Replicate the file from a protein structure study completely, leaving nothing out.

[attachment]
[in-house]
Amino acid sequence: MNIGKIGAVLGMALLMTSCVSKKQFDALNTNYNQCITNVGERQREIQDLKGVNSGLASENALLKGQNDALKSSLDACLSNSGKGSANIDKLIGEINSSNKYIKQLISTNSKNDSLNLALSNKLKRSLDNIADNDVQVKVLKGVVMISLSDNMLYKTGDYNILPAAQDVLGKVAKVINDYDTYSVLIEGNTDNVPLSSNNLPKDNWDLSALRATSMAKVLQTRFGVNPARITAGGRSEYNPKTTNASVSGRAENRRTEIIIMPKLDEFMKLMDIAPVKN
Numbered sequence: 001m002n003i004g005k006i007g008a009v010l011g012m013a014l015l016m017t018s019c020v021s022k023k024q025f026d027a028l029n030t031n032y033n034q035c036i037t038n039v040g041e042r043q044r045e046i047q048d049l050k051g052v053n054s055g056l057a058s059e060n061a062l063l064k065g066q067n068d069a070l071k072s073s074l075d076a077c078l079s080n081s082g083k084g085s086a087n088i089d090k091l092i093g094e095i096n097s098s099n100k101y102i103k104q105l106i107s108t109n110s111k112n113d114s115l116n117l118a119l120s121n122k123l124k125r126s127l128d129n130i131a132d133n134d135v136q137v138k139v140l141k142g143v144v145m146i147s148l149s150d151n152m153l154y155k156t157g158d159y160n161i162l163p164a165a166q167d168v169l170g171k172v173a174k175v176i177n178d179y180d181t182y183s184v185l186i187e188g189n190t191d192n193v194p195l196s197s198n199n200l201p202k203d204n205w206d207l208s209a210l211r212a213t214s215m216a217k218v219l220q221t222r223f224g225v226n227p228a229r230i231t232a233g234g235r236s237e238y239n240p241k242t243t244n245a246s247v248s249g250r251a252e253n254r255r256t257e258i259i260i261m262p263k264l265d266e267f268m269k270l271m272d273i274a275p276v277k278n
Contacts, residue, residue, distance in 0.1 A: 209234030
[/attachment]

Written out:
[in-house]
Amino acid sequence: MNIGKIGAVLGMALLMTSCVSKKQFDALNTNYNQCITNVGERQREIQDLKGVNSGLASENALLKGQNDALKSSLDACLSNSGKGSANIDKLIGEINSSNKYIKQLISTNSKNDSLNLALSNKLKRSLDNIADNDVQVKVLKGVVMISLSDNMLYKTGDYNILPAAQDVLGKVAKVINDYDTYSVLIEGNTDNVPLSSNNLPKDNWDLSALRATSMAKVLQTRFGVNPARITAGGRSEYNPKTTNASVSGRAENRRTEIIIMPKLDEFMKLMDIAPVKN
Numbered sequence: 001m002n003i004g005k006i007g008a009v010l011g012m013a014l015l016m017t018s019c020v021s022k023k024q025f026d027a028l029n030t031n032y033n034q035c036i037t038n039v040g041e042r043q044r045e046i047q048d049l050k051g052v053n054s055g056l057a058s059e060n061a062l063l064k065g066q067n068d069a070l071k072s073s074l075d076a077c078l079s080n081s082g083k084g085s086a087n088i089d090k091l092i093g094e095i096n097s098s099n100k101y102i103k104q105l106i107s108t109n110s111k112n113d114s115l116n117l118a119l120s121n122k123l124k125r126s127l128d129n130i131a132d133n134d135v136q137v138k139v140l141k142g143v144v145m146i147s148l149s150d151n152m153l154y155k156t157g158d159y160n161i162l163p164a165a166q167d168v169l170g171k172v173a174k175v176i177n178d179y180d181t182y183s184v185l186i187e188g189n190t191d192n193v194p195l196s197s198n199n200l201p202k203d204n205w206d207l208s209a210l211r212a213t214s215m216a217k218v219l220q221t222r223f224g225v226n227p228a229r230i231t232a233g234g235r236s237e238y239n240p241k242t243t244n245a246s247v248s249g250r251a252e253n254r255r256t257e258i259i260i261m262p263k264l265d266e267f268m269k270l271m272d273i274a275p276v277k278n
Contacts, residue, residue, distance in 0.1 A: 209234030